Tuesday, July 19, 2011

Three Tips for Creating Brand Value with a Product that is Co-Branded

1) Leverage Your Distributors Sales Metrics and Satisfy Their Lead Times:
Many great products are made up of many other great products, more commonly known as components.  Yet sometimes these components make a huge share of the end products brand value, and in many cases they are co-branded.  Take for example, a Dell Computer with an Intel i5 processor.  This processor is the biggest part of the computers brand appeal outside of the Dell name brand.  For retailers who sell computers, understanding this in an effort to optimize sales requires sharing information with computer distributors so that they can order the products from manufactures to meet distribution lead times.  Retailers also need to know how well and what their distributors are selling in their respective markets so they can anticipate future sales and plan their marketing accordingly.  This does not mean that a large electronics distributor would share a competitors’ sales data, but it does mean that a distributor would share general information on a new product or model that an electronics retailer was thinking about marketing; some reciprocity is needed to better define the emerging markets and eventual marketing plan which considers the distributors lead time.

2) Market the Two or Three Branded Components of the End Product as One Better Product and Use Verbs:

Whatever co-branded product you are marketing, the end user buys it for its overall package, even though they may favor one branded component over another.  Knowing this means that all of the co-branded signage, displays, fliers, and even web-ads need to complement each other, not dilute each other or distract from each other.  This absolutely makes for a more complicated and challenging marketing mix.  Yet it makes for a more distinct marketing message, and a better customer experience (assuming your product is better than the market standard).  The better than average product you are marketing also brings in a higher market price because of the two or three branded components which in theory offers the customer more features and better performance – a  high end laptop or cell phone for example.  Most importantly, when executing the marketing of this product remember to market the product experience with VERBS, which in the cell phone or laptop space include: PORTABLITY-MOVING, SPEED-TRAVELING, CONNECTIVITY-COMMUNICATING, 3D VISUALS-LIVING AND SEEING.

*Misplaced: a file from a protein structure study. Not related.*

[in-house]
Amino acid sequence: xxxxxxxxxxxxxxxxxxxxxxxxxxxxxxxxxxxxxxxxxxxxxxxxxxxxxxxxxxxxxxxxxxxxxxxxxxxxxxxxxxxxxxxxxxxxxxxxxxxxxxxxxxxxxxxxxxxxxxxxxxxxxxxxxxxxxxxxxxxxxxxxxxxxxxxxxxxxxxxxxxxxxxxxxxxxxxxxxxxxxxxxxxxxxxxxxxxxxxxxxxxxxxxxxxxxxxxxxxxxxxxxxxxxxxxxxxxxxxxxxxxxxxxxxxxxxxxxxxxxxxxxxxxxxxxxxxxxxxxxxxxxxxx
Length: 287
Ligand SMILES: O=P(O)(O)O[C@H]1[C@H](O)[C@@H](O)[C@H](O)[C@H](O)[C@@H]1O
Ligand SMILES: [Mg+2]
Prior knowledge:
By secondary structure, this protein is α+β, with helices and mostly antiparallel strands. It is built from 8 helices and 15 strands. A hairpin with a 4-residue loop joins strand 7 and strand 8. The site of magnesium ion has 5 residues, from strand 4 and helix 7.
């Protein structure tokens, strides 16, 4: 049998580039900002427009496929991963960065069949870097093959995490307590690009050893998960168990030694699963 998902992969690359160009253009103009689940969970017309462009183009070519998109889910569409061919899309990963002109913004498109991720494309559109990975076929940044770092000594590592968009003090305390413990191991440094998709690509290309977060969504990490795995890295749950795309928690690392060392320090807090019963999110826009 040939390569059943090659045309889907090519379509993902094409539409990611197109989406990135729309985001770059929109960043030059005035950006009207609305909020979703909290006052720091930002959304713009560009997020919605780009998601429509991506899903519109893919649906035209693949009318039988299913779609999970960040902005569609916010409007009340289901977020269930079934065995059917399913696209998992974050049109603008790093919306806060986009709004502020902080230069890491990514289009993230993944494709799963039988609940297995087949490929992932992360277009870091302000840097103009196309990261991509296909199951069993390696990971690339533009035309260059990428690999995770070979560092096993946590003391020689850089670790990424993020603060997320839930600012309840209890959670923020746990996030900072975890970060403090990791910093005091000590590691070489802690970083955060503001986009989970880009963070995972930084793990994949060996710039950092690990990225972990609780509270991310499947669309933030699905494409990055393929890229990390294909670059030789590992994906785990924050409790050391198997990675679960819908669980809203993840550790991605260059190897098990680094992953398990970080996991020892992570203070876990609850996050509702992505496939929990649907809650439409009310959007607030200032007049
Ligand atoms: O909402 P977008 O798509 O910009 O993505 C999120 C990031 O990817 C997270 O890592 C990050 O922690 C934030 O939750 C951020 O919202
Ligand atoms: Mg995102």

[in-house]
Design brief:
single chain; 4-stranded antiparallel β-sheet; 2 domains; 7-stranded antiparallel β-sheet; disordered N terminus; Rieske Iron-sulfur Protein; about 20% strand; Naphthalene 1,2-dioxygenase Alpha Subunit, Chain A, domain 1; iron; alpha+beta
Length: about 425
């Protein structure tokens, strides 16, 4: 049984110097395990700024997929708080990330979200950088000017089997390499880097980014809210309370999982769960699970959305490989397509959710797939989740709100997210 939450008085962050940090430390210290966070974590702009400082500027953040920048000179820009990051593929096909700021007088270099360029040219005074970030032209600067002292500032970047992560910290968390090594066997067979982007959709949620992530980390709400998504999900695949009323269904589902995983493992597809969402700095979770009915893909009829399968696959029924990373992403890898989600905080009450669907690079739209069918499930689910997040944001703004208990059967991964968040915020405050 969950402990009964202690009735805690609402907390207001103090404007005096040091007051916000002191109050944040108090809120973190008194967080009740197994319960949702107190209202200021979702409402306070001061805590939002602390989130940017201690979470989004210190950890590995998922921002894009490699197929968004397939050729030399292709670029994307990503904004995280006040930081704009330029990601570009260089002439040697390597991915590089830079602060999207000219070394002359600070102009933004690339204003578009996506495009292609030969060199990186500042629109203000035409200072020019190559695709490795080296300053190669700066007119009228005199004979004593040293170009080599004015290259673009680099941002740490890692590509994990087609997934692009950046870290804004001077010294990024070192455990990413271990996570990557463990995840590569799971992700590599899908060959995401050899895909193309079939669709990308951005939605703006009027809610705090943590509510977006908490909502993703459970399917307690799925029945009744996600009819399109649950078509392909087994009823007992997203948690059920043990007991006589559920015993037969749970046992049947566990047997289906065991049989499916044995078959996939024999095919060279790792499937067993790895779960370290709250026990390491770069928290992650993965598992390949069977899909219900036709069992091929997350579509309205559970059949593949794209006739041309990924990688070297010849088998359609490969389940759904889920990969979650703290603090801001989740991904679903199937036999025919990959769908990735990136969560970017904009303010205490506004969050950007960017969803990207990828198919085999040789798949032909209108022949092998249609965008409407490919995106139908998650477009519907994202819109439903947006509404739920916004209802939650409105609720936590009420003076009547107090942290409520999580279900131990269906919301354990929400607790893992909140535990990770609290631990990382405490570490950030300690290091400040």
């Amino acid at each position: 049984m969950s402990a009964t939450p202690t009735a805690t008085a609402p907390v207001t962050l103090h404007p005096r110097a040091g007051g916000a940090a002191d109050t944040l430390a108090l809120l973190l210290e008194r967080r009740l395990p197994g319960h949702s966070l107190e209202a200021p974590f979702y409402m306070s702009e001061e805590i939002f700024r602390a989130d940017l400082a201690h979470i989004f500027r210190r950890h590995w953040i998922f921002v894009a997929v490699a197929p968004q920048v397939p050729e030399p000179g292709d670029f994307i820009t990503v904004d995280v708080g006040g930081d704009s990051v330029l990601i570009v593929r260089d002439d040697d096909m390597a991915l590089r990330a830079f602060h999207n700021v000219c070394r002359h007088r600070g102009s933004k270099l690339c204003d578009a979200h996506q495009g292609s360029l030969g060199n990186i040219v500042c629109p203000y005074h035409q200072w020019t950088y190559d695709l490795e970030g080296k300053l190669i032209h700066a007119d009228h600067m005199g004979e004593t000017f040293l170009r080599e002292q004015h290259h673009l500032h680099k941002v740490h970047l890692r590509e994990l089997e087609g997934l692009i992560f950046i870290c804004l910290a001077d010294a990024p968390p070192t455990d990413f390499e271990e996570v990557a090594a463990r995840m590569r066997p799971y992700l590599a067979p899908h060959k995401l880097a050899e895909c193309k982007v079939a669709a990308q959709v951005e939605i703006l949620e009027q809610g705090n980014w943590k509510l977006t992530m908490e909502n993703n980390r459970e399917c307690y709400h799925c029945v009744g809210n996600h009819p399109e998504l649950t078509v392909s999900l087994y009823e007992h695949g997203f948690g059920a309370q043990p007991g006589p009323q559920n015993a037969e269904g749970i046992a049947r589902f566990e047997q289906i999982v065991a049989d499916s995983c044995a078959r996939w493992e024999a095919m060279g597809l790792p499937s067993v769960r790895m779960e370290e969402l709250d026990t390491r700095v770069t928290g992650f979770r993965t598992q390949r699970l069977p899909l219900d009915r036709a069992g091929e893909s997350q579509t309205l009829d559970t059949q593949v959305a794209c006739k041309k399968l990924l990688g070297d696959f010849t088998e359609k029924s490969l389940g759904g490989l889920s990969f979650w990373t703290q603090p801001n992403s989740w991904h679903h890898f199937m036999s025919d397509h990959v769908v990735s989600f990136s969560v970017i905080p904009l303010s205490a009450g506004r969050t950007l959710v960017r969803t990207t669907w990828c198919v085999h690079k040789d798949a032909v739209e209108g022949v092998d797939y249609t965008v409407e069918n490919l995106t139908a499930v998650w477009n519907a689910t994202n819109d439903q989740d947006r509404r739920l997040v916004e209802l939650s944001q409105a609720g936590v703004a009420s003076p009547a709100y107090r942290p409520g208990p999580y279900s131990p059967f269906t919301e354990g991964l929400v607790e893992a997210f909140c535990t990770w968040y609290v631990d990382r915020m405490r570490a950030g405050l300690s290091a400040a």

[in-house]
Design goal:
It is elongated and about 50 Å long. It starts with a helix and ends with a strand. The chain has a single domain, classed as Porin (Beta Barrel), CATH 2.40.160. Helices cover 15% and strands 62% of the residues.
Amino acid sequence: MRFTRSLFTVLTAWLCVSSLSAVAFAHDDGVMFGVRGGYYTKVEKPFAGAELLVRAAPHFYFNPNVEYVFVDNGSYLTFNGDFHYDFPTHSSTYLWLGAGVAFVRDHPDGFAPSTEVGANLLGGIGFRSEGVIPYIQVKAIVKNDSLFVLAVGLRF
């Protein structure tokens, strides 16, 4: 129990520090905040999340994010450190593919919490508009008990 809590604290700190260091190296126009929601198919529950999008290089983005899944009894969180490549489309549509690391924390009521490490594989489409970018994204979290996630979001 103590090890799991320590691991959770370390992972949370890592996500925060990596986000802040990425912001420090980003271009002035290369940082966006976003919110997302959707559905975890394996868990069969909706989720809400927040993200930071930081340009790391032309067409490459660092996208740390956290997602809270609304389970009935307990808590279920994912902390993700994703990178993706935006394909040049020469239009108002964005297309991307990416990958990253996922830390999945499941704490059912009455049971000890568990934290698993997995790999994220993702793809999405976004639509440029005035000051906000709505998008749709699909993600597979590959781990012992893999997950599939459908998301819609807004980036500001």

3) Descriptively Communicate the Synergies of the Co-Branded End Product as a Value Added:

Lets face it co-branded products are often high price products, so customers expect to get more out of them.  This means that to market them you need to be able to communicate the synergies that the product offers.  This is one of the biggest marketing differentiators from products that are simple or single branded.  Take for example a Dell laptop with an Intel i5 processor and Harman Kardon speakers.  The synergies you get include: personalized home theater audio, crisp and fast movie and photo visuals, and the ability to multitask without compromising performance.  The value added is more performance out of one machine so you don’t have to rely on your desktop computer, your old projector TV, or your Sony Boom box - boy have we come a long way from the hand held CD player.

Jeremy Swenson, MBA, is an experienced marketer, marketing manager, communicator, sales person, and business analyst/academic.  He has extensive product experience with mortgages, loan/lines, checking accounts, savings accounts, money markets accounts, pay day loans, CDs, property and causality insurance, playing jazz, and even some basic experience auditing employee benefit programs.  Additionally, his background includes federal work experience as a Rural Associate Carrier with the U.S.P.S., and as an Enumerator with the U.S. Census Bureau (Dept. of Commerce) in 2000.  He has been active with the MN AMA since 2009 and serves on the Social Media/Marcom Committee.  You can reach Jeremy at jer.swenson@live.com. 
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